News and STORIES

Baffert Wants Changes To Track Surfaces

Author: Clint Goodman
Published: Wednesday November 20, 2019
Hall of Fame trainer and two-time Triple Crown winner Bob Baffert is calling for a new scientific approach to racetracks. He would like to see the Thoroughbred racing industry start to make changes when it comes to constructing and maintaining racetracks. 

His request comes after the best Thoroughbreds ran on a deep and tiring main track at Santa Anita Park in the Nov. 1-2 Breeders’ Cup. It is also after the injury and later death of Mongolian Groom in the $6 million Longines Breeders’ Cup Classic (G1). 

"They kept adding more sand and more sand to the track. It was tough to get through it. Horses start to get tired when you have a deep, tiring track like that, and then fatigue sets in, and that's when injuries can happen," Baffert said. "It's something we never talk about, but I would like to see more science put into the surfaces.

"Synthetics are a Band-Aid. We need more experts. I know they brought in a lot of vets (for the Breeders' Cup). We don't need (more) vets; we need track experts."

There were 30 veterinarians responsible for inspecting the horses in the World Championships. Scratches included some top starters like Fleeting and Thais in the $2 million Maker’s Mark Breeders’ Cup Filly & Mare Turf (G1T) and Imperial Hint in the $2 million Breeders’ Cup Sprint (G1).

Changes After Fatalities

After the loss of 30 equines during the winter/spring meet at Santa Anita, the main track had more sand added to it. This resulted in a surface with more kickback and resulted in slow times for some of the best horses at the Breeders’ Cup. 

Even with the new measures, Mongolian Groom still suffered an injury in the final race of the World Championship. He was later euthanized and became the 37th equine fatality at the track since December.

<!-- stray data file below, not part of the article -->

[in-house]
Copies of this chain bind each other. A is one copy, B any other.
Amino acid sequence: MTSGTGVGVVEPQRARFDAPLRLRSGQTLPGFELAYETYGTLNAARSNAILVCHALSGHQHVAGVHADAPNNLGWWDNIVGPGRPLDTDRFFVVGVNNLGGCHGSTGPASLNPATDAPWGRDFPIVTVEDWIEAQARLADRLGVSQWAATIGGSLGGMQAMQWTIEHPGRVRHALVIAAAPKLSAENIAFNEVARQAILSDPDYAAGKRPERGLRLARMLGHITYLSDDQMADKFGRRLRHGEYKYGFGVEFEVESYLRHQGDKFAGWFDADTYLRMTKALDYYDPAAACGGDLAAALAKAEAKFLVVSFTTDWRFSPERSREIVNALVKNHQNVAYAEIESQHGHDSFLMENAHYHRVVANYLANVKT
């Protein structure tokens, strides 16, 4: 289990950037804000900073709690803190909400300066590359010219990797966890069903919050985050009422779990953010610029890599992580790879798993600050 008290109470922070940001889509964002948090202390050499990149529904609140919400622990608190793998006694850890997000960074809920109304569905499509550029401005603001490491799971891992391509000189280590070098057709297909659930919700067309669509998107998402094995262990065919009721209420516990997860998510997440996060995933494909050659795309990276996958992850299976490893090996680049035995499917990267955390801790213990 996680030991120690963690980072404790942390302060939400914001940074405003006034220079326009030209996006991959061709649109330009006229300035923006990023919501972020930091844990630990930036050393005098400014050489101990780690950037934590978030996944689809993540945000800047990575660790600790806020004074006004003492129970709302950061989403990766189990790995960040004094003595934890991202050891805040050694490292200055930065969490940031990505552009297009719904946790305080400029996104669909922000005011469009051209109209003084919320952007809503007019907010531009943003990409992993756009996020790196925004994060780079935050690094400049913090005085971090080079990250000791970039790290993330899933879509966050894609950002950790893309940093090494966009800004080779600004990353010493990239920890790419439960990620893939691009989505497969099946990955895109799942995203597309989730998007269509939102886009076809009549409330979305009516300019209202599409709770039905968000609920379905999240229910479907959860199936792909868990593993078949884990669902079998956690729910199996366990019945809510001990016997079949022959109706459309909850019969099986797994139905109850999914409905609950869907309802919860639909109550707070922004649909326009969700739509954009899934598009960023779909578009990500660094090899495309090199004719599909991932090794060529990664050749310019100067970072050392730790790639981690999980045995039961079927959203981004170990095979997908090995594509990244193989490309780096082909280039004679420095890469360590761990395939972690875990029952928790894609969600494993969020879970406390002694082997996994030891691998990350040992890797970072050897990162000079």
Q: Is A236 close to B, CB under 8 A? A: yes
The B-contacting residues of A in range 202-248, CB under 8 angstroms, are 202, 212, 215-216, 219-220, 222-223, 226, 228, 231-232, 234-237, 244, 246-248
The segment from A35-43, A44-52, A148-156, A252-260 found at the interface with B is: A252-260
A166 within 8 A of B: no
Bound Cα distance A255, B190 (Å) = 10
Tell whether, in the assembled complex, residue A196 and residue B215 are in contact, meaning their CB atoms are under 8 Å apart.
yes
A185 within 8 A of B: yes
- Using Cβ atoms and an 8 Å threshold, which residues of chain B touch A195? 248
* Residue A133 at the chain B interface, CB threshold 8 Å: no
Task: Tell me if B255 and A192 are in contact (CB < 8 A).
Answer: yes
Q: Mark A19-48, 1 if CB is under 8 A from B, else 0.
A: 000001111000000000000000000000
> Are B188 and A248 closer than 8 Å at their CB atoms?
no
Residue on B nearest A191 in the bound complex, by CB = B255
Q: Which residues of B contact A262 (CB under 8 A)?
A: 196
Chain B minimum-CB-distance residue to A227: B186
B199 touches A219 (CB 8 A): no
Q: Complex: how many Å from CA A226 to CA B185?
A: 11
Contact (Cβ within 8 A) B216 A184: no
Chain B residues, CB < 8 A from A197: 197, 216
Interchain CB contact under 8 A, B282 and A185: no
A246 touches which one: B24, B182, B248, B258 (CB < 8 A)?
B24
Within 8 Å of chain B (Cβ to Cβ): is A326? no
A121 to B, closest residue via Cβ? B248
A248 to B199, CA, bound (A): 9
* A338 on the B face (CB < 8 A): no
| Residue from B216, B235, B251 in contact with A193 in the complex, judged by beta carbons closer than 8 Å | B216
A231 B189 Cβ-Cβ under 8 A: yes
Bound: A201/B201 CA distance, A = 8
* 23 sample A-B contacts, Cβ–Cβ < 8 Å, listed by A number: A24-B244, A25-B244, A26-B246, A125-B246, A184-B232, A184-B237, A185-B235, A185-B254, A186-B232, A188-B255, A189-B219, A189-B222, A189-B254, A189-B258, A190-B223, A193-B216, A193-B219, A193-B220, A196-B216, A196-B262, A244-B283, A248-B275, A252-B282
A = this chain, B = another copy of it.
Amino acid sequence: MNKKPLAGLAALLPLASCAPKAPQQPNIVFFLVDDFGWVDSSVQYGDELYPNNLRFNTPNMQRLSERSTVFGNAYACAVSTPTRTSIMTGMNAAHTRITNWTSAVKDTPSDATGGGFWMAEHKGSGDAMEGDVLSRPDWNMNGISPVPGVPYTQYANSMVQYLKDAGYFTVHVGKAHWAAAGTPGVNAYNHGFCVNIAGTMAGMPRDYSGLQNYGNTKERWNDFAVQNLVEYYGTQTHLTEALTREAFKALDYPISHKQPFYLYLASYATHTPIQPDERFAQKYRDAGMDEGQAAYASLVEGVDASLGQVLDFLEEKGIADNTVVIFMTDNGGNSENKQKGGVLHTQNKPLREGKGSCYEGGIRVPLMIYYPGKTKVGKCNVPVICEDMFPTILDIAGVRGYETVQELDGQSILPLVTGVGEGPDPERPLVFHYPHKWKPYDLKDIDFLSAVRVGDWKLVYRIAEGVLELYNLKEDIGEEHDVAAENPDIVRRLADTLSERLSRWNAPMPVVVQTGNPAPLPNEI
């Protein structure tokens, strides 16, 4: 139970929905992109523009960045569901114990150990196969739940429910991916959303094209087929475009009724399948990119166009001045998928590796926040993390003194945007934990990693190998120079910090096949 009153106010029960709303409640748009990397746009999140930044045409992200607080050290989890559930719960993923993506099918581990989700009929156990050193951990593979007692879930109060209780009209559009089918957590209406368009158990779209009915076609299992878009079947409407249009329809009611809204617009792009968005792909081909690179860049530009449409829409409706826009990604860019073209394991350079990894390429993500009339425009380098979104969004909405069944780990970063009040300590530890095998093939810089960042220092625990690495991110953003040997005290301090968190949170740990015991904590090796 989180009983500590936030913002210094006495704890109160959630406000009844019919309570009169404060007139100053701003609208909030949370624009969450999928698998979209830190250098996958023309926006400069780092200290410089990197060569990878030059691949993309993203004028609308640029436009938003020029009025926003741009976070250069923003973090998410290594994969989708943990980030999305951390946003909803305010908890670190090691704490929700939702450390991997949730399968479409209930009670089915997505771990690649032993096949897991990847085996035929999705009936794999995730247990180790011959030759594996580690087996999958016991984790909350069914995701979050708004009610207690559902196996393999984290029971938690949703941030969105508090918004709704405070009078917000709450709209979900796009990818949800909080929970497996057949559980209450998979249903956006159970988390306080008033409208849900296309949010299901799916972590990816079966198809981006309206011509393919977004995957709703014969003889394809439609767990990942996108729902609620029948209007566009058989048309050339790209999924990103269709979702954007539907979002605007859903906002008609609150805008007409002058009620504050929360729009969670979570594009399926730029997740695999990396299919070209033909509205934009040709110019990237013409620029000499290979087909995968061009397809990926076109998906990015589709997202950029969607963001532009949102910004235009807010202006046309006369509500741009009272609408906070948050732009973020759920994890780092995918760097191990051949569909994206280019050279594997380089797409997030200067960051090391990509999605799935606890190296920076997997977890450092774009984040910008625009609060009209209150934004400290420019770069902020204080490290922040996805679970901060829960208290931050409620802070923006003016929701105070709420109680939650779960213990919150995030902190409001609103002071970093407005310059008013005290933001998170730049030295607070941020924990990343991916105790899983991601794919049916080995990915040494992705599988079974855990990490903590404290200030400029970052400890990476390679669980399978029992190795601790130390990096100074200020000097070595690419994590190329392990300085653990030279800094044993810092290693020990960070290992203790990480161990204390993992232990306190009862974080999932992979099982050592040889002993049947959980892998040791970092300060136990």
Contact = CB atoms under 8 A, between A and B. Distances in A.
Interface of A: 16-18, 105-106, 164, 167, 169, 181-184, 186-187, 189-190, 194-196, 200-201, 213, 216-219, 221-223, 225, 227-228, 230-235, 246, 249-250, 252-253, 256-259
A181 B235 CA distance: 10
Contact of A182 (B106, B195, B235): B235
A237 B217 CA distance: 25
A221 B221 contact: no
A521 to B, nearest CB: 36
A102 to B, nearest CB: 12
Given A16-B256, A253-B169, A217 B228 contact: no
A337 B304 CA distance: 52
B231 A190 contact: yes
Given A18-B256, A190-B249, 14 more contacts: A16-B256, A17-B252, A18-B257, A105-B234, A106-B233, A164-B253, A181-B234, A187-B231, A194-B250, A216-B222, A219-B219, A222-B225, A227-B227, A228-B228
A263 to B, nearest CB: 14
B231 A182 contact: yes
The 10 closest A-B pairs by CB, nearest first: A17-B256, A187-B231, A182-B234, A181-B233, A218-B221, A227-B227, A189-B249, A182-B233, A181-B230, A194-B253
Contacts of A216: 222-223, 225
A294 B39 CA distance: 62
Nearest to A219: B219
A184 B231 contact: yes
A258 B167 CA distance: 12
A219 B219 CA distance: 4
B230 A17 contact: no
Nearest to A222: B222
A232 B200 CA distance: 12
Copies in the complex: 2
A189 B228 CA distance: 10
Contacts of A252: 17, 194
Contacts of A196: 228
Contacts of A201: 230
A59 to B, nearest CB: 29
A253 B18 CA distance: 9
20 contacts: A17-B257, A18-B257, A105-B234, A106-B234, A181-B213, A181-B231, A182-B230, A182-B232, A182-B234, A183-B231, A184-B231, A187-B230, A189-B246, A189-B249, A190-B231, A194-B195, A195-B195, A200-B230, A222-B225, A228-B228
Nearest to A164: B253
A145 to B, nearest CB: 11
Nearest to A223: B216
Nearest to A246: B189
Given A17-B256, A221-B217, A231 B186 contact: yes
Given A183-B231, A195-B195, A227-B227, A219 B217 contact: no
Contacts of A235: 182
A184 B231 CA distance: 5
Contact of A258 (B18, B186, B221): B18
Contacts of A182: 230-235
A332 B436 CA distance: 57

Santa Anita is currently closed for racing until the Dec. 26 opening day, and the cushion on the main track was reblended and reconditioned on Nov. 18.

New Approaches 

After the death of Mongolian Groom, Baffert said the industry needs to improve the dirt surfaces instead of coming up with synthetic alternatives. He also said that the track at Santa Anita has been too coarse, and it wears out horseshoes in a short amount of time. 

“The Jockey Club has to focus on track experts and the right kind of dirt. (Trackmen) need help. They might know how to maintain a track, but if a track is not even, the deeper you get it, the more uneven and wavy it will get," said Baffert. "I'd like to see more money go into the right equipment. Every sport does it. They worry about their surfaces. We bring in all these investigators from everywhere, but they should bring in a bunch of trackmen from all over to look at it. Maybe you don't have your track right. Maybe that's where they are missing the boat.

"Churchill Downs has it dialed in. They don't have it dialed in (at Santa Anita). You have to bring in outside people, and when you do, you are going to have hurt feelings. But trainers have to deal with it with the vets, so why can't the track people deal with it?"

Mick Peterson is an expert in racing surfaces and the director of UK’s Ag Equine Programs. Nancy Cox, dean for the University of Kentucky’s College of Agriculture, Food, and Environment, is calling on him to overlook mobile testing devices. 

According to Peterson, the moisture in tracks is one of the most important aspects of keeping a safe racing surface on dirt. 

"On dirt, we need to figure out how to control the moisture more consistently," he said. "We know synthetic is safer than dirt, and what's different between dirt and synthetic is that dirt is more sensitive to moisture. Some years are better than others, and it's not that the track superintendents get stupid or the horsemen get stupid. 

"It has to be the weather. We know moisture is the single biggest variable on turf and dirt, so anything we can do to improve the moisture consistency on dirt and turf will pay huge dividends on safety."

High-profile people in the industry, such as Baffert and Peterson, are beginning to speak up for safer track conditions. More are likely to follow suit after the recent runs resulted in fatalities and slower times.